Sunday, December 8, 2013

Refuting the argument that the Prophet tried to commit Suicide

Shias attempted to respond back to the article. Let's take a look at their major points:

Reply One – Imam al-Bukhari considers EVERYTHING in his book to be Sahih

Reply Two – Sunni scholars testified to the immense authenticity of Sahih Bukhari

Reply Three – Ibn Hashmi himself accepts EVERYTHING in Sahih Al-Bukhari to be Sahih
This is only in regards to the fully connected chains. These don't include the disconnected narrations, which don't satisfy Imam al-Bukhari's criteria for authenticity. Given that the narration in Bukhari isn't fully connected, this argument becomes null and void. 

margin writer Shaykh Shu’aib al-Arnaout in his commentary of the said hadith stated:

إسناده صحيح على شرط الشيخين
“The chain is Sahih according to the standards of the two Sheikhs”
This is from the older Qurtuba edition, but if one looks at the 2001 Risaala edition of Shaykh Arna'ut's tahqeeq, Volume 43, Narration no. 25959, page 114, Footnote no. 2 one would observe that Shaykh Arnaut discards the bit about the mountain due to it being from the balaaghaat of az-Zuhri. 

Ibn Habban who sought to record only Sahih traditions in his book, also recorded the said tradition in his book ‘Sahih Ibn Haban’ Volume 1 page 216 and on the top of that, the margin writer of the book Shaykh Shu’aib al-Arnaout confirmed the authenticity of the tradition and said:

“The tradition is Sahih”
Quite deceptive, since they are only citing footnote no.2 and not footnote no.1 where Shaykh Arna'ut discards the bit about the mountain, since it is from the Balaaghat of az-Zuhri. See footnote no.1, on page 219 over here.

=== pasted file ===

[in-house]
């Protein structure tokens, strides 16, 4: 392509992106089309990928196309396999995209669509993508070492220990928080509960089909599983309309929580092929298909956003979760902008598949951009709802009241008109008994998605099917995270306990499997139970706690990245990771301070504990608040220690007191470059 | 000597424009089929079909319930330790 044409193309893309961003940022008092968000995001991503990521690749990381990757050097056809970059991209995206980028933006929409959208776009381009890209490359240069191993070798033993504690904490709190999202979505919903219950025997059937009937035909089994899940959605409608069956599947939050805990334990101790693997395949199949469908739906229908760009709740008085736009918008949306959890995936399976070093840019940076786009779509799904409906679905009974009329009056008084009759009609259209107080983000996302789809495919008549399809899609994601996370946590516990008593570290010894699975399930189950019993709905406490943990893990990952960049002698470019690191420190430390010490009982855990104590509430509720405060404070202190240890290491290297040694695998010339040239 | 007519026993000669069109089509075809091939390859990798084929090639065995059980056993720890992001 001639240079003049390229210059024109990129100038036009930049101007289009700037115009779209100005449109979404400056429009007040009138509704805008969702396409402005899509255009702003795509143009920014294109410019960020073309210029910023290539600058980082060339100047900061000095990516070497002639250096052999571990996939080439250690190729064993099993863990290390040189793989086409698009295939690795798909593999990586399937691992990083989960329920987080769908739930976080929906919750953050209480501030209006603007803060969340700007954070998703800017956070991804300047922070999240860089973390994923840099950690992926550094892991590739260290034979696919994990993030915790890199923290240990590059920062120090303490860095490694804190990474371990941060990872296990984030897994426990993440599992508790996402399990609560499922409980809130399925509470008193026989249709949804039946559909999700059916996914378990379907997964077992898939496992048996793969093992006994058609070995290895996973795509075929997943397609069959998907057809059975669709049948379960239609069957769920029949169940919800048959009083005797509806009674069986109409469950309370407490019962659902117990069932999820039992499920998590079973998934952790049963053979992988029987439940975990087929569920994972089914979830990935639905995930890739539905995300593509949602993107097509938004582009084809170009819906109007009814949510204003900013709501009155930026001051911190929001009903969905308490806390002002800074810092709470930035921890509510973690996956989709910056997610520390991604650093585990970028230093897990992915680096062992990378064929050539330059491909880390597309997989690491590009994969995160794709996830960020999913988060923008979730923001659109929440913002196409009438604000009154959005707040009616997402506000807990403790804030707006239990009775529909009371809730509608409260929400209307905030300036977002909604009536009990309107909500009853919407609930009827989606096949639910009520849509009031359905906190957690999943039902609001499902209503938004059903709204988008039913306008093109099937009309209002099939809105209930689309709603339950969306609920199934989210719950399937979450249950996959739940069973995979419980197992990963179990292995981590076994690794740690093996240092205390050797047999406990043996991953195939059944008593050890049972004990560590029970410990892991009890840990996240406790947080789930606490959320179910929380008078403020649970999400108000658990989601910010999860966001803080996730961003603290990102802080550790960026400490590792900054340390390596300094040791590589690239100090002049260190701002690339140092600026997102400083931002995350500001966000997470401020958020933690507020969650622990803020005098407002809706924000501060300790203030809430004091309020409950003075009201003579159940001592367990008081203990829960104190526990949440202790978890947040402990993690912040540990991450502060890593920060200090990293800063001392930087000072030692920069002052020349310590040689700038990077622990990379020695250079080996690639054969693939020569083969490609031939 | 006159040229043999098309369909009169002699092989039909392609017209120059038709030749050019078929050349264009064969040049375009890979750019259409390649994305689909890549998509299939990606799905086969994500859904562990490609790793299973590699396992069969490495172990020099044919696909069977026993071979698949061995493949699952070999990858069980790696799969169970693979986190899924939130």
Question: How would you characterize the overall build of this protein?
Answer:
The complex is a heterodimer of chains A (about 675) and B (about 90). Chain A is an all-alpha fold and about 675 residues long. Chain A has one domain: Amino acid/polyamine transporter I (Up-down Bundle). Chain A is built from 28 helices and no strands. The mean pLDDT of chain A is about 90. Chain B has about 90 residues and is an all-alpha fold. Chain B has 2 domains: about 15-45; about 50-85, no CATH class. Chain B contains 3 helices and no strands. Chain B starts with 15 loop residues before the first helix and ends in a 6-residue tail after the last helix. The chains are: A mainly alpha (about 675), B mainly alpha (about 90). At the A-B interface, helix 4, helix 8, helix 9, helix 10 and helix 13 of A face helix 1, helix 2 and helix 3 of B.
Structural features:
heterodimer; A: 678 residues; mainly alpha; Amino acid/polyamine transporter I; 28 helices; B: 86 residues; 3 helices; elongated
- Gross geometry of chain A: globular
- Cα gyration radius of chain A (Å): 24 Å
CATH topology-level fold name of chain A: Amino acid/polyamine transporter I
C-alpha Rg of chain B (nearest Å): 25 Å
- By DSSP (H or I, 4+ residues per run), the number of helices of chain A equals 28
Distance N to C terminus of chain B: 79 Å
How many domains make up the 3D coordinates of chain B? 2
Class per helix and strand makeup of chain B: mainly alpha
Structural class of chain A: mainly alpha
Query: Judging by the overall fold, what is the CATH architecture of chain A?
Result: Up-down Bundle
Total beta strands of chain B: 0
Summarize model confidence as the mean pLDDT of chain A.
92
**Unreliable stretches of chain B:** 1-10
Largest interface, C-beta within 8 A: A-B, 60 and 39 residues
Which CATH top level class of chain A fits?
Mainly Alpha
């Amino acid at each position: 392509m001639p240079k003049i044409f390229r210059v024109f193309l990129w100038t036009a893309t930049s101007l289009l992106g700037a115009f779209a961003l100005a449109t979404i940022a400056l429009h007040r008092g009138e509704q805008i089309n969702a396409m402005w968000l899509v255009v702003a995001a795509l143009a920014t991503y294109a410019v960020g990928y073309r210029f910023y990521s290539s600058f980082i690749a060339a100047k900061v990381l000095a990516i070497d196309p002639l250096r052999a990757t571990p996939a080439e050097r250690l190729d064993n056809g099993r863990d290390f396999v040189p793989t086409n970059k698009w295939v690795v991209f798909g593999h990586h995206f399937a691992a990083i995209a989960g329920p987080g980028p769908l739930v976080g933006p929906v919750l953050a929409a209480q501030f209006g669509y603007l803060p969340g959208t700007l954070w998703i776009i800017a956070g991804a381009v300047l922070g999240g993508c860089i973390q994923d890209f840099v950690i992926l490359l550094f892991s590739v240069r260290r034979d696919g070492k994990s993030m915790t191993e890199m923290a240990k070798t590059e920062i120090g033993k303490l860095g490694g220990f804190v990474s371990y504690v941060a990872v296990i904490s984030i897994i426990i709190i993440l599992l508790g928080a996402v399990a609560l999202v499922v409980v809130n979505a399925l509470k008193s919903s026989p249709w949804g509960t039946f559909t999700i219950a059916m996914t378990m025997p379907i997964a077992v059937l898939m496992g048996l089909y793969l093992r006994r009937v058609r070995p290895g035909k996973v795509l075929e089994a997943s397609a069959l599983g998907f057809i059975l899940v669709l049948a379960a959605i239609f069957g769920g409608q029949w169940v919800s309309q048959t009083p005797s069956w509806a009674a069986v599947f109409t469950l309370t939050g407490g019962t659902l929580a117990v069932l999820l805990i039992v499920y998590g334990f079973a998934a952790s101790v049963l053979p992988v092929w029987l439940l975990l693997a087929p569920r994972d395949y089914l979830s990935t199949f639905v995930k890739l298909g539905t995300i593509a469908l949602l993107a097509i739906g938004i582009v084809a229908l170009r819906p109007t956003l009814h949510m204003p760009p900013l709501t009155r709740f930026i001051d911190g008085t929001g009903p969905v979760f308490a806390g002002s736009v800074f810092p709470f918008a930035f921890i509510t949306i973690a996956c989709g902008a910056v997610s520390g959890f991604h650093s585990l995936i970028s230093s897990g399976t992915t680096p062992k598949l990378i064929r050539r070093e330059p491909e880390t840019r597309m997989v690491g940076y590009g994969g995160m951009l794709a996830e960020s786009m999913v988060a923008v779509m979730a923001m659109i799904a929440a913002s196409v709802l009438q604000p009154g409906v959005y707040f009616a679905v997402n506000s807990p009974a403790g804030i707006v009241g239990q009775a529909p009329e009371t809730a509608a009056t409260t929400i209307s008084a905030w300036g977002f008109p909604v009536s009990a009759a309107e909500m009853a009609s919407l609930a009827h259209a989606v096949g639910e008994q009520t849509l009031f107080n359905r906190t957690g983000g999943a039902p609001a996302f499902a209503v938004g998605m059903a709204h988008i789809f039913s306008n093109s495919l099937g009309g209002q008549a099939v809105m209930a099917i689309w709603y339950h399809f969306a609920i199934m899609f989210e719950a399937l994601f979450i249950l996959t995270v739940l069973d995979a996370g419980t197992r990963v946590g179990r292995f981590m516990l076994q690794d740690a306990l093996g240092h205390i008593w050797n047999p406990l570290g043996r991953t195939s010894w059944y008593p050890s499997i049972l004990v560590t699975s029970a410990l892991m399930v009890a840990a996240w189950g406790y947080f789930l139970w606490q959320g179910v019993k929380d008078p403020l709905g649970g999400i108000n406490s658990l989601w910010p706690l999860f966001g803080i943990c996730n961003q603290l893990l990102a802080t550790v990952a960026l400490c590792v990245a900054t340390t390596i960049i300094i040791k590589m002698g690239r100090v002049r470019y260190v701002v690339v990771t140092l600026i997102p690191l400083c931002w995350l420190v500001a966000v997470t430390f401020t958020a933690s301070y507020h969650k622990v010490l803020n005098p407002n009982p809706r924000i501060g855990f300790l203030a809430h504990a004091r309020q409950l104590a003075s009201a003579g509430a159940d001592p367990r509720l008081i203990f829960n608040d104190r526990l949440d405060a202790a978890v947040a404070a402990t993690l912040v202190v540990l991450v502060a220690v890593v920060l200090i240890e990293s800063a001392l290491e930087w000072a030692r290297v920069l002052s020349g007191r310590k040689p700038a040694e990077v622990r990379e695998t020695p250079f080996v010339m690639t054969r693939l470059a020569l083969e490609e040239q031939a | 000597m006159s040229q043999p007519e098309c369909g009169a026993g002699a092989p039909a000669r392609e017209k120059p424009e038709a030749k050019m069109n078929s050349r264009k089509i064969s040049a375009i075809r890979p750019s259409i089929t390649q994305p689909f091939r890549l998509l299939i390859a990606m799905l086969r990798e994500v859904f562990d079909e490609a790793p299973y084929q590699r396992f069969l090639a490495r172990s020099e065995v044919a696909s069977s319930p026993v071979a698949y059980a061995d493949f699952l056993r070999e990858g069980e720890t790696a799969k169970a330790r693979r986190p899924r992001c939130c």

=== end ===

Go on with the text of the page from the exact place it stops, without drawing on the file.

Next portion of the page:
Last but certainly not least, Imam of the Salafi cult, Al-Albaani declared the tradition ‘Sahih’ in his book Mishkat al-Masabih, Volume 3 page 270 Hadith 5842:

وزاد البخاري : حتى حزن النبي صلى الله عليه وسلم – فيما بلغنا – حزنا غدا منه مرارا كي يتردى من رؤوس شواهق الجبل فكلما أوفى بذروة جبل لكي يلقي نفسه منه تبدى له جبريل فقال : يا محمد إنك رسول الله حقا . فيسكن لذلك جأشه وتقر نفسه
Bukhari added: Until the prophet felt sad – as it has been narrated to us – and tried to throw himself from the top of the mountain, whenever he reached the edge of the top of the mountain to throw himself, Jebrail appeared to him and say: ‘O Muhammad, you are the messenger of God’. Then he (prophet) feled comfort.
To be fully acquainted with what Al-Albani has said, see this

Sunni scholars have graded the Mursal of al-Zuhri as authentic.
As for Ibn al-Hashimi’s comment that Zuhri’s words ‘as we have heard’ (fi ma balaghana) renders the tradition as ‘Mursal’ we would like to mention that Zuhri enjoyed such an esteemed rank amongst the esteemed Sunni Imams that even a Mursal of Zuhri is deemed authentic. We read in Al-Kifaya by Khatib al-Baghdadi, page 386:

أخبرنا محمد بن الحسين القطان قال أنا عبد الله بن جعفر بن درستويه قال ثنا يعقوب بن سفيان قال سمعت جعفر بن عبد الواحد الهاشمي يقول لأحمد بن صالح قال يحيى بن سعيد مرسل الزهري شبه لا شيء فغضب أحمد وقال ما ليحيى ومعرفة علم الزهري ليس كما قال يحيى
Ya’qub ibn Sufyan said: ‘I heard Ja’far ibn Abd al-Waheed al-Hashimi saying to Ahmad ibn Salih that Yahya ibn Sa’eed said: ‘The Mursal of al-Zuhri is unreliable’. Ahmad got angry and said: ‘What does Yahya know about the knowledge of Zuhri, that which Yahya said is untrue’’.
It's false to make it out as if Yahya was the only one who critiqued az-Zuhri's mursal narrations. Scholars have discussed az-Zuhri's maraaseel, with some saying that they are the worst kind, while others argued that sometimes it could be accepted and at other times it cannot. The point is that the scholars of the field certainly did not accept az-Zuhri's maraaseel point blank unconditionally. 


We read in The History of al-Tabari – Muhammad at Mecca, translated and annotated by W. Montgomery Watt & M.V. McDonald, Volume 6, pages 67-68: